This is an exercise to show you what you can expect in two different (fictional!) scenarios with examples relevant to nonprofits and professional services.
We’re aiming for opposite examples:
- Larger business vs. smaller charity
- Different SEO needs
- Different industries
We won’t be able to provide exact costs – our crystal ball can only get us so far.
But the idea is to cut them to a more reasonable range and show you what factors drive SEO prices up and down.
You can compare our discussion to your own needs and reach a more informed conclusion.
Example 1: ConnectCPA (professional services)
Okay, first up, we’re looking at a modern, medium-sized accounting company based in Canada.
ConnectCPA deals with the numbers for a bunch of established brands including Vidday and Dooly – which they did well to highlight on the homepage.
For the purposes of this exercise, we’ve run their site through a couple of tools to help us get an overview of their current situation.
Their SEO status quo, website size, possible goals, things like that.
First, we ran their URL through XML sitemap – this tool does a quick site crawl and shows you some basic things like the number of pages, site performance, and links.
So here we can see they have just under 500 pages and a lot of broken links (404s):
Here are a couple more screenshots from GTmetrixGTmetrix, Moz, and SEMrushSEMrush just so you see what we’re going off – the example may be fictional, but the company and its current performance are real:
We can see from GTmetrix there are slight performance issues (above), and Moz tells us the domain authority and current keywords the site is ranking for (below).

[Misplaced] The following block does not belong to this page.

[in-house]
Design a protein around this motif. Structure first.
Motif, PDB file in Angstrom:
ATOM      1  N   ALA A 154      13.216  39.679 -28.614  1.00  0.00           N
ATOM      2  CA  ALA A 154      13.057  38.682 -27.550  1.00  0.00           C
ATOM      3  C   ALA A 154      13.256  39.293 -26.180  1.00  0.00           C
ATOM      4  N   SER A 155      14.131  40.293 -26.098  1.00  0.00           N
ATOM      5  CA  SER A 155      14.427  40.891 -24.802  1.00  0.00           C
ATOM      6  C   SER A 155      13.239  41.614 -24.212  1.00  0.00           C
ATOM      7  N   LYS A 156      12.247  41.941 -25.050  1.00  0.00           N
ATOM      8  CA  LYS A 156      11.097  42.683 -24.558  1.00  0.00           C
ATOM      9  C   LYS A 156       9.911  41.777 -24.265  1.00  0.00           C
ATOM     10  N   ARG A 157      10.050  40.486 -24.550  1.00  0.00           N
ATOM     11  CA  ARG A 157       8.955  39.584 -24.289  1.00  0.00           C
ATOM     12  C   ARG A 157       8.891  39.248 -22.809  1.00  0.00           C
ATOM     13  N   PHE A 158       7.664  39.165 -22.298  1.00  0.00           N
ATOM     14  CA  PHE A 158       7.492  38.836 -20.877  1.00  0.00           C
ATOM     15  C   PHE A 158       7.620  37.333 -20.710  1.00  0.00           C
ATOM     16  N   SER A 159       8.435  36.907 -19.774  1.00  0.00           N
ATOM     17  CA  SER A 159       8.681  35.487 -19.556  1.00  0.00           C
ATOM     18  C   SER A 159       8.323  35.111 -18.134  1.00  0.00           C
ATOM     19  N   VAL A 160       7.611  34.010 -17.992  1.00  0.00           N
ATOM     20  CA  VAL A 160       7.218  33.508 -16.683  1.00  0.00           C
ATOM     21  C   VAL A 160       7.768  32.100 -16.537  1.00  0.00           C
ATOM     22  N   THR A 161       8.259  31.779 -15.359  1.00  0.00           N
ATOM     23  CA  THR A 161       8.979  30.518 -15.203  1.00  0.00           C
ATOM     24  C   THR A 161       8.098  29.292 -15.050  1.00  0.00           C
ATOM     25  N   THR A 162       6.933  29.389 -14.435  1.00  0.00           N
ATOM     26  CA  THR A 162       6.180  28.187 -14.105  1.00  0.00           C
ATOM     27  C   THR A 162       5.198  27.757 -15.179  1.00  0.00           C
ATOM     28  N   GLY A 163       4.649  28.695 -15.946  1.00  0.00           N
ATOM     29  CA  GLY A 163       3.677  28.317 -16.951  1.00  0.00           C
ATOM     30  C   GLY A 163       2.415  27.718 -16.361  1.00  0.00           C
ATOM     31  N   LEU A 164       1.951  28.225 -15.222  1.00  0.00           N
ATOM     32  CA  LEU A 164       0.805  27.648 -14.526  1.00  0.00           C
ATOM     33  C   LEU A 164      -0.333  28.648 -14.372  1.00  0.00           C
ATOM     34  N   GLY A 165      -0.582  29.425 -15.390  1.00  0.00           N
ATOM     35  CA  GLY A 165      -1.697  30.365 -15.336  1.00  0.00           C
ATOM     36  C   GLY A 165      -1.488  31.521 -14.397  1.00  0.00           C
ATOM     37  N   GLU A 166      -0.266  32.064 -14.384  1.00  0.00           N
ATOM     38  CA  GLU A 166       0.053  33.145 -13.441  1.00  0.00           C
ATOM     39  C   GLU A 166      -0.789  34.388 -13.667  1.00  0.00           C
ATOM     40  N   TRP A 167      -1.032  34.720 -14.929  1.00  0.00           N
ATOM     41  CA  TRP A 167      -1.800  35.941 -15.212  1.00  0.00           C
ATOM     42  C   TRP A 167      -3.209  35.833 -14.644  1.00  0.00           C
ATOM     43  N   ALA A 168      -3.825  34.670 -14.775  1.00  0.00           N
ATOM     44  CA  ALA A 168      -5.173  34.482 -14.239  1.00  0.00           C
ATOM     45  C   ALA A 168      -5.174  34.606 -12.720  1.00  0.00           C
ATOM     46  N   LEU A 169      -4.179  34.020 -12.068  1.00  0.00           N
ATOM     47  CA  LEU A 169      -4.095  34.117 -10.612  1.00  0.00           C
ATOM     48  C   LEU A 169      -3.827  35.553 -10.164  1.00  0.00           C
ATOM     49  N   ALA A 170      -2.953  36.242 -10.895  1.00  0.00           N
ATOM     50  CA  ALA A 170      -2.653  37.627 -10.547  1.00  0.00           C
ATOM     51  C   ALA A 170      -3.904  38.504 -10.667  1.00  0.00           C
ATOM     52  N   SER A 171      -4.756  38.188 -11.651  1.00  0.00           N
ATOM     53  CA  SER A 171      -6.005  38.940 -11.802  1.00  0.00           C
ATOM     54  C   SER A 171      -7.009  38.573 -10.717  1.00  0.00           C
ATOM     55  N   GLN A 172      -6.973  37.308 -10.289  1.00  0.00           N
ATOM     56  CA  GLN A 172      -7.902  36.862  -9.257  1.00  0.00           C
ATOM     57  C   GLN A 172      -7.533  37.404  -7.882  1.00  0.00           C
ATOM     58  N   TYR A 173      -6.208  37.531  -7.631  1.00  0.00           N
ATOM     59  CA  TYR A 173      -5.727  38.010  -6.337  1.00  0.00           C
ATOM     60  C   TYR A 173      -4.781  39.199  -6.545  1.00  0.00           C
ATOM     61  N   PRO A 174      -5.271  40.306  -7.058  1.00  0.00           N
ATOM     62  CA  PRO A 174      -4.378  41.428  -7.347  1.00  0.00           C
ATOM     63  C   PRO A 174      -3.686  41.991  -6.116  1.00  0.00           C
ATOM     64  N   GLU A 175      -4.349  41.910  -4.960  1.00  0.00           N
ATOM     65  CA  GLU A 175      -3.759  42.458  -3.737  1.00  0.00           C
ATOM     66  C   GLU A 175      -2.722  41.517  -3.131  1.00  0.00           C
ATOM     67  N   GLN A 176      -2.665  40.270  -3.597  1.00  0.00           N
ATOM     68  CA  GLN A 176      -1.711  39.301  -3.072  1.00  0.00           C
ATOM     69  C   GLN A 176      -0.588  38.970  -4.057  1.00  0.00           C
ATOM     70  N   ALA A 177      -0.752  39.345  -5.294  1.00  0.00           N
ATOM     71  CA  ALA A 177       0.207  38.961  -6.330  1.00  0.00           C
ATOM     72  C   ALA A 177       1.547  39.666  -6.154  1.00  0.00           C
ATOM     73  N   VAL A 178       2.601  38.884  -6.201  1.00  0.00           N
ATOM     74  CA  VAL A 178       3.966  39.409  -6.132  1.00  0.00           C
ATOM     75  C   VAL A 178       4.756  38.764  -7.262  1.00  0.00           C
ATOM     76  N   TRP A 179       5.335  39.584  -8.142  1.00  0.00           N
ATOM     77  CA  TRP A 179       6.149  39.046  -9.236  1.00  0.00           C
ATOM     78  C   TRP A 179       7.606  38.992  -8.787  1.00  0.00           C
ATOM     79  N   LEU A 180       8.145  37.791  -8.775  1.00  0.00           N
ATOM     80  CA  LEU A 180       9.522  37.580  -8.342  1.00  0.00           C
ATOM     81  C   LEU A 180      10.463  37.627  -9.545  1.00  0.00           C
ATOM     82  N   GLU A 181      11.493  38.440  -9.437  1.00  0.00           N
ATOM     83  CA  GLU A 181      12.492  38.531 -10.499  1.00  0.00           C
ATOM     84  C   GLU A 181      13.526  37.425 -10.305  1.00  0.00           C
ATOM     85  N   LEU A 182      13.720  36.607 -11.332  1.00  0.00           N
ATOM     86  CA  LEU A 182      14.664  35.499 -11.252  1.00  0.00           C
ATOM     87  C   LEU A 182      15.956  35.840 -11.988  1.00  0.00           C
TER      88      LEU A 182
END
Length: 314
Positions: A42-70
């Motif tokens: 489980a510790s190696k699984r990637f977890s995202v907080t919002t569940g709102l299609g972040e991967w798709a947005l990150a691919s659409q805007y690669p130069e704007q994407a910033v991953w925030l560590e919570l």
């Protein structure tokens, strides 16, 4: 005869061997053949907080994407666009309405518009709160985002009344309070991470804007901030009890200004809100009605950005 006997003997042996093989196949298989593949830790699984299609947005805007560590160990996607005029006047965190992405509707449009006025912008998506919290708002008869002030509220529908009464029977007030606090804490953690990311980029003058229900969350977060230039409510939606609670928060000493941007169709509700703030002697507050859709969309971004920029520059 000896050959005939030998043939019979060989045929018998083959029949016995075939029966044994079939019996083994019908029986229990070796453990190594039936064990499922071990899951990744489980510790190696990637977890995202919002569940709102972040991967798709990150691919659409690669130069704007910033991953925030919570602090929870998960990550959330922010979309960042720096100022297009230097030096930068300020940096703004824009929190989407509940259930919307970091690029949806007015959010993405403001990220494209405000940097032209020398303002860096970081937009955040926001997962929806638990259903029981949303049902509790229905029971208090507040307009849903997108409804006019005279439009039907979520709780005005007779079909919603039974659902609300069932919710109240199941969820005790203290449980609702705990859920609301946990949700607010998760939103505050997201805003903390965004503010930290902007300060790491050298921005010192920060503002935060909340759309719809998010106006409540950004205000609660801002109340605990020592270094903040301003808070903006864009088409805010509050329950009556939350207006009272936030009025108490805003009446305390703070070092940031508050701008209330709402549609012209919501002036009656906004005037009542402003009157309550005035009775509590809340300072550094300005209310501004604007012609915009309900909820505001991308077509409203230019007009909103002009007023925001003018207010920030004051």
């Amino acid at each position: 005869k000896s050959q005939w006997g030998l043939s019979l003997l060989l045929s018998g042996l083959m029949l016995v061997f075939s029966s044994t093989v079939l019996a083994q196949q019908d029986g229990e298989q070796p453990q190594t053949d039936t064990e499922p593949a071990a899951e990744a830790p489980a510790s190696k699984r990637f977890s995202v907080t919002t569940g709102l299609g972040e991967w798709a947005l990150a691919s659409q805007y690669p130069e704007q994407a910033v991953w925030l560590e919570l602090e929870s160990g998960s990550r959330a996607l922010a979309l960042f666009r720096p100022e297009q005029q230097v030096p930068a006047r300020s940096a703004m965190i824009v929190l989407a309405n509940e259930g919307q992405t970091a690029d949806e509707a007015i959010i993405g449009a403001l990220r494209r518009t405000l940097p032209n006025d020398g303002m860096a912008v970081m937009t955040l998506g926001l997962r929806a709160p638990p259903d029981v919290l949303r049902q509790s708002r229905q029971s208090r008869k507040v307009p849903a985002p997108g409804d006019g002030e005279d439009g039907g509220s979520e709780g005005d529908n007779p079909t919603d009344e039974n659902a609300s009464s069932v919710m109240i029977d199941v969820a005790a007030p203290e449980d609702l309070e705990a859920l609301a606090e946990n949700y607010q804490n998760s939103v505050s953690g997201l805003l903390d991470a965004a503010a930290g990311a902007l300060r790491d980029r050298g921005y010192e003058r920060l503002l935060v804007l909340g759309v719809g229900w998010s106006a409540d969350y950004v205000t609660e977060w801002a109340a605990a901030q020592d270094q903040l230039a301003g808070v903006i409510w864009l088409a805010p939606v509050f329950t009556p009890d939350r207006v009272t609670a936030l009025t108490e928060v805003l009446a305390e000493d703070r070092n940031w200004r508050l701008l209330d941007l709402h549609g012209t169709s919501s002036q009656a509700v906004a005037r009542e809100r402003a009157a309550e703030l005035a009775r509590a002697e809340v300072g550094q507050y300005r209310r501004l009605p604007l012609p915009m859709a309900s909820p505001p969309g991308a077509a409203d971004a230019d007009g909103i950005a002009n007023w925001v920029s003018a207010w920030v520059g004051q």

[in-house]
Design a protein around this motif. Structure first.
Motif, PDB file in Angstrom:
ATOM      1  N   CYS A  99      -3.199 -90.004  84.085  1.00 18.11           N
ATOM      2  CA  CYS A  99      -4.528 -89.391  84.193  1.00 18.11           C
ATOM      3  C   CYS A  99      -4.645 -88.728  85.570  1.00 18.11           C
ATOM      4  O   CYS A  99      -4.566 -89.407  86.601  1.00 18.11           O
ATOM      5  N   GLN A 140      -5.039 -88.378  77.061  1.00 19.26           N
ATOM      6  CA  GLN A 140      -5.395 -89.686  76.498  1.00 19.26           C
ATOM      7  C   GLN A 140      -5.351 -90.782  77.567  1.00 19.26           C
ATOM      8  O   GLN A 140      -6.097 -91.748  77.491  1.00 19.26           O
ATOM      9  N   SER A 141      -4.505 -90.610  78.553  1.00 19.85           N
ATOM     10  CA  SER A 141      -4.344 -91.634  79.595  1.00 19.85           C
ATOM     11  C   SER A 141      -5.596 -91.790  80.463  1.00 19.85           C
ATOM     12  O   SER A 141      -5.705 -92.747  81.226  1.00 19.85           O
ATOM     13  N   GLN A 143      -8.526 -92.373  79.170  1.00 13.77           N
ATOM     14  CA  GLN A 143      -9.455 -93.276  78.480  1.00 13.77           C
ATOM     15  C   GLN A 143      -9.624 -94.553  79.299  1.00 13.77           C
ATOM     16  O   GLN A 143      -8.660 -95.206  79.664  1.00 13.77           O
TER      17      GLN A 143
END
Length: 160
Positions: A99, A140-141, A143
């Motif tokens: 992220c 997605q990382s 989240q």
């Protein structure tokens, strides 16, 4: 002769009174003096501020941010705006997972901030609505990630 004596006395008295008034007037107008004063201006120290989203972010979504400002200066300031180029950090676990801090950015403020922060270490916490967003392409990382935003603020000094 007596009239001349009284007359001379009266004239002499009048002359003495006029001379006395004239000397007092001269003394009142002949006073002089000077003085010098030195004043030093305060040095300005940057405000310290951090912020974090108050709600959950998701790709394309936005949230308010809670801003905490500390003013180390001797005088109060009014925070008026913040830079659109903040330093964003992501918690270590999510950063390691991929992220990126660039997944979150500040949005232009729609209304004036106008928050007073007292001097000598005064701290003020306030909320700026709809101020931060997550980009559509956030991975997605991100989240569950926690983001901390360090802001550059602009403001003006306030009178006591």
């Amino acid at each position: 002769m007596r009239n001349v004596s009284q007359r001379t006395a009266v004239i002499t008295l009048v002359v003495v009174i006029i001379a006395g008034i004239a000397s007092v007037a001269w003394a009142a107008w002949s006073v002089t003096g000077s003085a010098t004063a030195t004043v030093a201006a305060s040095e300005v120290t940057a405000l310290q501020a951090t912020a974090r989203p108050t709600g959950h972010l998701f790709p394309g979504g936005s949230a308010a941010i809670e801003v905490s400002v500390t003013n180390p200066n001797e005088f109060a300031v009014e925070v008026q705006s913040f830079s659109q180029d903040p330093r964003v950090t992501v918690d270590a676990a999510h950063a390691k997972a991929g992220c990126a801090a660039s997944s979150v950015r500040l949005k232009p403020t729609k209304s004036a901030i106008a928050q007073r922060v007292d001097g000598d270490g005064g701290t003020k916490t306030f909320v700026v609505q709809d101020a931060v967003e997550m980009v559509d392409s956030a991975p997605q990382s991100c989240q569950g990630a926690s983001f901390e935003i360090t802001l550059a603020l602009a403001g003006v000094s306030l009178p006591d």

Lastly we have SEMrush with some specific insight into traffic sources and the situation with the keywords – and by the way, don’t worry. We don’t expect you to make total sense of all that.
It is complicated.
But here’s what we can tell from our research:
- The technical maintenance will take more due to the website size/number of pages
- They have plenty of 404 messages. The initial audit + the ongoing maintenance needs to keep on top of this
- LinkedIn and Instagram are already setup and they have a blog, although it could be more consistent – they would benefit from more content creation
- They need more domain authority, so link building and content can help there
- They can really grow the list of keywords they dominate on SERPs
- Perhaps they could also target featured snippets to get more traffic
Based on all of that, ConnectCPA is in a position to really grow with a mid-range SEO package.
Their total SEO maintenance cost could range between $3,000-$5,000 per month for a solid set of services with content optimization and content creation at, say, $500 per blog (at 4-6 blogs per month).
Example 2: The Bee Initiative (small nonprofit)
The Bee Initiative is a small charity with a small digital footprint.
Here’s the nerdy stuff again – we used the same tools as in the previous example plus Pingdom. You can check out these tools if you’re curious about your site.
(Or just scroll a little if you just want the math done for you.)
So The Bee Initiative has a small number of pages and no broken links.
They don’t have a lot of content so there’s a lot of room for growth. And Moz couldn’t get a scan on them:
Lastly, Pingdom shows us their general performance is solid with a quick loading time.
So here’s the equation for The Bee Initiative: